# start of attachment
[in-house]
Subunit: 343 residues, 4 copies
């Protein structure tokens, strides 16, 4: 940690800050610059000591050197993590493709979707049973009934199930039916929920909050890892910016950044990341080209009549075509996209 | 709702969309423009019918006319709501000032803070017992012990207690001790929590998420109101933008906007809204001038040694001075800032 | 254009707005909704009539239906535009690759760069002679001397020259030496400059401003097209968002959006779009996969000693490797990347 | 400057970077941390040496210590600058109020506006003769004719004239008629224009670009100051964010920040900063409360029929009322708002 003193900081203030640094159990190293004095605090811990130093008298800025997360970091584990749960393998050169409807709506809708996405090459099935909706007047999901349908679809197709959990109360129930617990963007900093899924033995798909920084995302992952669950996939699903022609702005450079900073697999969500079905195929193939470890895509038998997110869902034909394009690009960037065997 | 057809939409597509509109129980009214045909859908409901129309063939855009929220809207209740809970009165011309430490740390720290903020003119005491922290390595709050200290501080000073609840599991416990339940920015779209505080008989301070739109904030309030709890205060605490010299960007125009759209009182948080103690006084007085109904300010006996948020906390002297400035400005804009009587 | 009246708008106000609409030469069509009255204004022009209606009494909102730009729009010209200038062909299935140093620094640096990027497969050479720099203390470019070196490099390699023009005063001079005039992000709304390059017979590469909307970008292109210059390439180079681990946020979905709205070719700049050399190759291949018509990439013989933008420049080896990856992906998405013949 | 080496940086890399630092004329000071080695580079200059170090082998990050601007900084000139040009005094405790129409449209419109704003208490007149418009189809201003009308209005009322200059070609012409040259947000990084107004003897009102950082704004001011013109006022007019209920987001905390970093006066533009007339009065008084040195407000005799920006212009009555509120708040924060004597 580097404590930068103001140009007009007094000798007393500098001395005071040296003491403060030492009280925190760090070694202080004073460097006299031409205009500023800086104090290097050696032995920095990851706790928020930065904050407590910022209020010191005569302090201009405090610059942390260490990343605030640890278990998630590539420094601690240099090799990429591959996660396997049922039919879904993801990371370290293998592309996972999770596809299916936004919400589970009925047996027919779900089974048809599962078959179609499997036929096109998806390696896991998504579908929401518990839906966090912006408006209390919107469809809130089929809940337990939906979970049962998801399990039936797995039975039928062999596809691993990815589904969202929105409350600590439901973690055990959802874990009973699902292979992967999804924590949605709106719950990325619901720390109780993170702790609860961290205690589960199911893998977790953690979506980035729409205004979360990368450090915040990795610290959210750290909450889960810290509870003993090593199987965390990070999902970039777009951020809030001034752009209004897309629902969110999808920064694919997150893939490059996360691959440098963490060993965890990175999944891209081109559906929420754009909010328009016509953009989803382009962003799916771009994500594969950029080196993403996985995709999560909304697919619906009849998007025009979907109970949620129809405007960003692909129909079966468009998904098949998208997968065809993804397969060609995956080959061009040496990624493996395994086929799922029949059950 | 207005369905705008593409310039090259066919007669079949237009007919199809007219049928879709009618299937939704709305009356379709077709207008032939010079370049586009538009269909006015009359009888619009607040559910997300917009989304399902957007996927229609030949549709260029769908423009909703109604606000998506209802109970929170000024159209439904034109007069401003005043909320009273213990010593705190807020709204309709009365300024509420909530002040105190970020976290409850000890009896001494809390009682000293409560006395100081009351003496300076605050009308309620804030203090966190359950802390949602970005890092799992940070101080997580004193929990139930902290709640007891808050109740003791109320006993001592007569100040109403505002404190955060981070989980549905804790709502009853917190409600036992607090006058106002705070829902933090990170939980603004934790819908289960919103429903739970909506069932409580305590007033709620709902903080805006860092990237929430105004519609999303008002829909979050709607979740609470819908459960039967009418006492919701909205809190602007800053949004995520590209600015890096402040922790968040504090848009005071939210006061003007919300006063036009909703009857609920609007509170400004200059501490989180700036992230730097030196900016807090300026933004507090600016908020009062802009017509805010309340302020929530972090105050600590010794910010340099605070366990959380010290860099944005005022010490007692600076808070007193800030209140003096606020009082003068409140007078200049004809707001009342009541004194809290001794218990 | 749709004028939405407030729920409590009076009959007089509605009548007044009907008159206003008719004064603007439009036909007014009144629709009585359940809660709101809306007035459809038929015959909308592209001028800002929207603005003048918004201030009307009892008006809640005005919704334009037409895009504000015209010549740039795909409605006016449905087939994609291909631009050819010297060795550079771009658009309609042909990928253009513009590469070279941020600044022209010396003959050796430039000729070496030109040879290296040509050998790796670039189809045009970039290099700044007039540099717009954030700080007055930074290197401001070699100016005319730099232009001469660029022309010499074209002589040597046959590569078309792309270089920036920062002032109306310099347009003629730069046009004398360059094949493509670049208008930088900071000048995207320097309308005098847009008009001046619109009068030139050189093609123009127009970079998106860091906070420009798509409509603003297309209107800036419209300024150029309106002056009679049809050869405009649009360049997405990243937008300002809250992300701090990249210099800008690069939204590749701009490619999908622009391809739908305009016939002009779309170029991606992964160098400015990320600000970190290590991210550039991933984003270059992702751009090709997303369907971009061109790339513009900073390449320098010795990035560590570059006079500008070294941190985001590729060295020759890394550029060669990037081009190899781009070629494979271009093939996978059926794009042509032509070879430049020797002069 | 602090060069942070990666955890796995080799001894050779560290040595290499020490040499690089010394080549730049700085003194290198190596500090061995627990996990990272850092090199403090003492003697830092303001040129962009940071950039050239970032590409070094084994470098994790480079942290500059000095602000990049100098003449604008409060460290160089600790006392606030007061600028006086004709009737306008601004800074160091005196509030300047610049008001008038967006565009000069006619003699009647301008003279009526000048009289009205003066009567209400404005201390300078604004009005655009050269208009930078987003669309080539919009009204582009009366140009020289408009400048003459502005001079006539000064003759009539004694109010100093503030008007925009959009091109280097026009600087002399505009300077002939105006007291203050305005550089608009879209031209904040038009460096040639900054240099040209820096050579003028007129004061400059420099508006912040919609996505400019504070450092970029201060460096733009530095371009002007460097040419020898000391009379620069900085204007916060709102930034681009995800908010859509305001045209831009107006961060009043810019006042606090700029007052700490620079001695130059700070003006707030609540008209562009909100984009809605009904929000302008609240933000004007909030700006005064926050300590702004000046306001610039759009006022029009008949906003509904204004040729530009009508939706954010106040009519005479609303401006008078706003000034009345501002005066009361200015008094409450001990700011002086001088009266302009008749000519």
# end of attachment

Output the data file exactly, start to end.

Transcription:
[in-house]
Subunit: 343 residues, 4 copies
């Protein structure tokens, strides 16, 4: 940690800050610059000591050197993590493709979707049973009934199930039916929920909050890892910016950044990341080209009549075509996209 | 709702969309423009019918006319709501000032803070017992012990207690001790929590998420109101933008906007809204001038040694001075800032 | 254009707005909704009539239906535009690759760069002679001397020259030496400059401003097209968002959006779009996969000693490797990347 | 400057970077941390040496210590600058109020506006003769004719004239008629224009670009100051964010920040900063409360029929009322708002 003193900081203030640094159990190293004095605090811990130093008298800025997360970091584990749960393998050169409807709506809708996405090459099935909706007047999901349908679809197709959990109360129930617990963007900093899924033995798909920084995302992952669950996939699903022609702005450079900073697999969500079905195929193939470890895509038998997110869902034909394009690009960037065997 | 057809939409597509509109129980009214045909859908409901129309063939855009929220809207209740809970009165011309430490740390720290903020003119005491922290390595709050200290501080000073609840599991416990339940920015779209505080008989301070739109904030309030709890205060605490010299960007125009759209009182948080103690006084007085109904300010006996948020906390002297400035400005804009009587 | 009246708008106000609409030469069509009255204004022009209606009494909102730009729009010209200038062909299935140093620094640096990027497969050479720099203390470019070196490099390699023009005063001079005039992000709304390059017979590469909307970008292109210059390439180079681990946020979905709205070719700049050399190759291949018509990439013989933008420049080896990856992906998405013949 | 080496940086890399630092004329000071080695580079200059170090082998990050601007900084000139040009005094405790129409449209419109704003208490007149418009189809201003009308209005009322200059070609012409040259947000990084107004003897009102950082704004001011013109006022007019209920987001905390970093006066533009007339009065008084040195407000005799920006212009009555509120708040924060004597 580097404590930068103001140009007009007094000798007393500098001395005071040296003491403060030492009280925190760090070694202080004073460097006299031409205009500023800086104090290097050696032995920095990851706790928020930065904050407590910022209020010191005569302090201009405090610059942390260490990343605030640890278990998630590539420094601690240099090799990429591959996660396997049922039919879904993801990371370290293998592309996972999770596809299916936004919400589970009925047996027919779900089974048809599962078959179609499997036929096109998806390696896991998504579908929401518990839906966090912006408006209390919107469809809130089929809940337990939906979970049962998801399990039936797995039975039928062999596809691993990815589904969202929105409350600590439901973690055990959802874990009973699902292979992967999804924590949605709106719950990325619901720390109780993170702790609860961290205690589960199911893998977790953690979506980035729409205004979360990368450090915040990795610290959210750290909450889960810290509870003993090593199987965390990070999902970039777009951020809030001034752009209004897309629902969110999808920064694919997150893939490059996360691959440098963490060993965890990175999944891209081109559906929420754009909010328009016509953009989803382009962003799916771009994500594969950029080196993403996985995709999560909304697919619906009849998007025009979907109970949620129809405007960003692909129909079966468009998904098949998208997968065809993804397969060609995956080959061009040496990624493996395994086929799922029949059950 | 207005369905705008593409310039090259066919007669079949237009007919199809007219049928879709009618299937939704709305009356379709077709207008032939010079370049586009538009269909006015009359009888619009607040559910997300917009989304399902957007996927229609030949549709260029769908423009909703109604606000998506209802109970929170000024159209439904034109007069401003005043909320009273213990010593705190807020709204309709009365300024509420909530002040105190970020976290409850000890009896001494809390009682000293409560006395100081009351003496300076605050009308309620804030203090966190359950802390949602970005890092799992940070101080997580004193929990139930902290709640007891808050109740003791109320006993001592007569100040109403505002404190955060981070989980549905804790709502009853917190409600036992607090006058106002705070829902933090990170939980603004934790819908289960919103429903739970909506069932409580305590007033709620709902903080805006860092990237929430105004519609999303008002829909979050709607979740609470819908459960039967009418006492919701909205809190602007800053949004995520590209600015890096402040922790968040504090848009005071939210006061003007919300006063036009909703009857609920609007509170400004200059501490989180700036992230730097030196900016807090300026933004507090600016908020009062802009017509805010309340302020929530972090105050600590010794910010340099605070366990959380010290860099944005005022010490007692600076808070007193800030209140003096606020009082003068409140007078200049004809707001009342009541004194809290001794218990 | 749709004028939405407030729920409590009076009959007089509605009548007044009907008159206003008719004064603007439009036909007014009144629709009585359940809660709101809306007035459809038929015959909308592209001028800002929207603005003048918004201030009307009892008006809640005005919704334009037409895009504000015209010549740039795909409605006016449905087939994609291909631009050819010297060795550079771009658009309609042909990928253009513009590469070279941020600044022209010396003959050796430039000729070496030109040879290296040509050998790796670039189809045009970039290099700044007039540099717009954030700080007055930074290197401001070699100016005319730099232009001469660029022309010499074209002589040597046959590569078309792309270089920036920062002032109306310099347009003629730069046009004398360059094949493509670049208008930088900071000048995207320097309308005098847009008009001046619109009068030139050189093609123009127009970079998106860091906070420009798509409509603003297309209107800036419209300024150029309106002056009679049809050869405009649009360049997405990243937008300002809250992300701090990249210099800008690069939204590749701009490619999908622009391809739908305009016939002009779309170029991606992964160098400015990320600000970190290590991210550039991933984003270059992702751009090709997303369907971009061109790339513009900073390449320098010795990035560590570059006079500008070294941190985001590729060295020759890394550029060669990037081009190899781009070629494979271009093939996978059926794009042509032509070879430049020797002069 | 602090060069942070990666955890796995080799001894050779560290040595290499020490040499690089010394080549730049700085003194290198190596500090061995627990996990990272850092090199403090003492003697830092303001040129962009940071950039050239970032590409070094084994470098994790480079942290500059000095602000990049100098003449604008409060460290160089600790006392606030007061600028006086004709009737306008601004800074160091005196509030300047610049008001008038967006565009000069006619003699009647301008003279009526000048009289009205003066009567209400404005201390300078604004009005655009050269208009930078987003669309080539919009009204582009009366140009020289408009400048003459502005001079006539000064003759009539004694109010100093503030008007925009959009091109280097026009600087002399505009300077002939105006007291203050305005550089608009879209031209904040038009460096040639900054240099040209820096050579003028007129004061400059420099508006912040919609996505400019504070450092970029201060460096733009530095371009002007460097040419020898000391009379620069900085204007916060709102930034681009995800908010859509305001045209831009107006961060009043810019006042606090700029007052700490620079001695130059700070003006707030609540008209562009909100984009809605009904929000302008609240933000004007909030700006005064926050300590702004000046306001610039759009006022029009008949906003509904204004040729530009009508939706954010106040009519005479609303401006008078706003000034009345501002005066009361200015008094409450001990700011002086001088009266302009008749000519």